Melanie Mahrt-Smith is a registered midwife leading the new Postpartum Midwifery Care Clinic at St. Michael’s Hospital.

Sign up for the Unity Health Toronto newsletter, a monthly update on the latest news, stories, patient voices and research emailed directly to subscribers. If you haven’t subscribed yet, you can do that by clicking here.

Melanie Mahrt-Smith hangs up the phone with a smile on her face.

“That was an example of this clinic at work and an ideal outcome,” she says.

“We have a patient who recently delivered her baby at St. Michael’s and lives in a shelter that she has to leave. Through a network of connections and navigation, we found her a program in her new region for new moms and eight weeks of postpartum care with a midwife.”

Mahrt-Smith is a registered midwife leading the new Postpartum Midwifery Care Clinic at St. Michael’s Hospital. The clinic provides up to six weeks of postpartum care for women and their newborns who gave birth at St. Michael’s. The clinic is prioritizing patients who do not have a primary care provider or have barriers to accessing care, so they can receive care in a timely way and avoid the escalation of issues that may lead to visits to emergency departments.

The clinic is staffed by two midwives who provide the full scope of midwifery postpartum care. This includes assessment of postpartum bleeding, suture care, post-caesarean section wound care to avoid infections, lactation support, as well as routine well baby care, weight checks and jaundice follow-ups for the newborn. The clinic also supports health system navigation and mental health assessment.

“I think it’s so critically important that we try to give some really early support around mental health and anxiety,” says Mahrt-Smith, who is also a registered social worker. “Assessing what is within the realm of normal new parent fears and worries, what is deviating from normal, and what we are going to do to intervene while we still have them in our care are all important to consider.”

“To send somebody out into the community when they’re struggling only exacerbates the situation and makes that early transition into parenting really challenging.”

Mahrt-Smith is the first midwife employed by Unity Health. Ontario midwives are primary care providers who can care for patients through pregnancy, labour, and the first six to eight weeks after their baby is born – and midwifery care is covered by OHIP. They are qualified to give some medications during pregnancy, labour, birth and postpartum, as well as order laboratory and ultrasound testing if needed.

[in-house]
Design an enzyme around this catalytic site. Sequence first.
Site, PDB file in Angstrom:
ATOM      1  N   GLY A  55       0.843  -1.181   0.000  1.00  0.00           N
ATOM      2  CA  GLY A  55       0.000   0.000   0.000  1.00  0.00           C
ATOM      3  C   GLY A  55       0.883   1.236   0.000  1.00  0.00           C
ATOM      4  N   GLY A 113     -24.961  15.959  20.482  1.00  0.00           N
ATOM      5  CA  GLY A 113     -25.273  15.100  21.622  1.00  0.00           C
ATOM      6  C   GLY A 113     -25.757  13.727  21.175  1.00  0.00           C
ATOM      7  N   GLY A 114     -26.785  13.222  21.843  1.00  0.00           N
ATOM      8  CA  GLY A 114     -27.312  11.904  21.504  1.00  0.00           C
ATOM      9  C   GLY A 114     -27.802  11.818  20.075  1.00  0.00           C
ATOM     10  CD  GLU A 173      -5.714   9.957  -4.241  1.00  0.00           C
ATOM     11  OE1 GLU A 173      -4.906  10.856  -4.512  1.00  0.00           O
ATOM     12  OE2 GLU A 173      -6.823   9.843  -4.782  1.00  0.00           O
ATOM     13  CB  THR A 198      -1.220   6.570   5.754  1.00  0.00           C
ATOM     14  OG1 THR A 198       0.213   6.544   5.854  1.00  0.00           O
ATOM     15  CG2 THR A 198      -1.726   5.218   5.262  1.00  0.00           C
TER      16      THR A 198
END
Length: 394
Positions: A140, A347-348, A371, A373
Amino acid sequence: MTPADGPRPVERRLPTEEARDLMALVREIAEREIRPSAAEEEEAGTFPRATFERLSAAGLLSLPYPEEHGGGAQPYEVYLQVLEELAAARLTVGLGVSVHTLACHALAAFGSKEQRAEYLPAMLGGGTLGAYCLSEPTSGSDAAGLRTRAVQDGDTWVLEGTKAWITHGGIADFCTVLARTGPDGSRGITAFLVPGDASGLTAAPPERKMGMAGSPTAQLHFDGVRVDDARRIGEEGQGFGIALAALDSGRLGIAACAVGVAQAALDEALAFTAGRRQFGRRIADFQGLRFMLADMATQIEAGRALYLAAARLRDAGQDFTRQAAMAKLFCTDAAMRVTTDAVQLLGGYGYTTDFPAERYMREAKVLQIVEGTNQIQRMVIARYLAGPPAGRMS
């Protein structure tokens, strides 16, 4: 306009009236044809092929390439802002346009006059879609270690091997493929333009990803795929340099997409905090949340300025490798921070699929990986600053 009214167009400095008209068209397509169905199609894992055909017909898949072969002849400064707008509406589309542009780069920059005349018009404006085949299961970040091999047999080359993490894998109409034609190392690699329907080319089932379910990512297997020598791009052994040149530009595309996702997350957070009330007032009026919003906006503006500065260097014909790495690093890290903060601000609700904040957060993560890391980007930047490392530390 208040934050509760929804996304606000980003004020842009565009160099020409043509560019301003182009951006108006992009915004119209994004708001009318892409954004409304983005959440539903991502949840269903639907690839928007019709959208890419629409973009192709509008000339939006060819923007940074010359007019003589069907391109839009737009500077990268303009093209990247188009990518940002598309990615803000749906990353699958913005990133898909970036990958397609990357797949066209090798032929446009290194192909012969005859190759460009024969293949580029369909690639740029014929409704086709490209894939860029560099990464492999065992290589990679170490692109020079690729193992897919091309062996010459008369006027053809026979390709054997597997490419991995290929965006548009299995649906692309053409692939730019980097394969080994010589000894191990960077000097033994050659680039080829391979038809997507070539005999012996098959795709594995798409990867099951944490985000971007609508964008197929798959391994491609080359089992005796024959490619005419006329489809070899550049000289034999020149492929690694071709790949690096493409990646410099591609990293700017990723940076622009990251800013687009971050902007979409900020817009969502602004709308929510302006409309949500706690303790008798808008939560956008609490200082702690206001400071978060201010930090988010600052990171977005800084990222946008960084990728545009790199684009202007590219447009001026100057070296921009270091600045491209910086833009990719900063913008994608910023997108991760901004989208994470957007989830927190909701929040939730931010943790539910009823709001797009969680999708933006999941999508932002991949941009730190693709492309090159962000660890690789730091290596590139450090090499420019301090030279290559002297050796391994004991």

Mahrt-Smith also takes the time to talk about the importance of early literacy with families visiting the clinic.

“Midwives are highly trained and well positioned to provide excellent, holistic postpartum care to moms and babies. What appealed to us about having a midwife-led postpartum clinic is helping to actualize  our plan to provide as many options as possible to create the birthing experience that women want,” says Marisa Cicero, Senior Clinical Program Director, Women’s and Children’s Health at Unity Health.

“For those who want or need to deliver with a physician in a hospital, we think having the postpartum care with a midwife can be the best of both worlds. Bringing this opportunity to our patients felt like a good way to expand our offerings and enhance the experience and outcomes for our patients.”

Mahrt-Smith notes in today’s health care climate midwifery care can also play a key role for many people who don’t have a family doctor.

“We know people are having issues getting access to a family doctor – either they had one and that person is no longer available to them through retirement or other reasons, they’re new to the city, or new to the country,” she says.

“So if we can intervene in that critical six-week period for moms and newborns to keep our finger on the pulse of what’s going on, we also buy ourselves a little bit of time of trying to think about ways in which we can connect people to primary care or other resources.”

Since its opening in late January, the clinic has been able to connect nearly 80 per cent of its patients who came in without a primary care provider to primary care.

Beginning in May, the clinic will also run on Saturdays, which provides more flexibility for parents and their newborns.

“My hope for the future is that we continue to grow the program to help us provide the very best possible care to those that have their babies at Unity Health,” Cicero says.

The Postpartum Midwifery Care Clinic was made possible by provincial government funding to increase access to pediatric services for children and youth in Toronto and the GTA.

By Danielle Pereira. Photos by Eduardo Lima.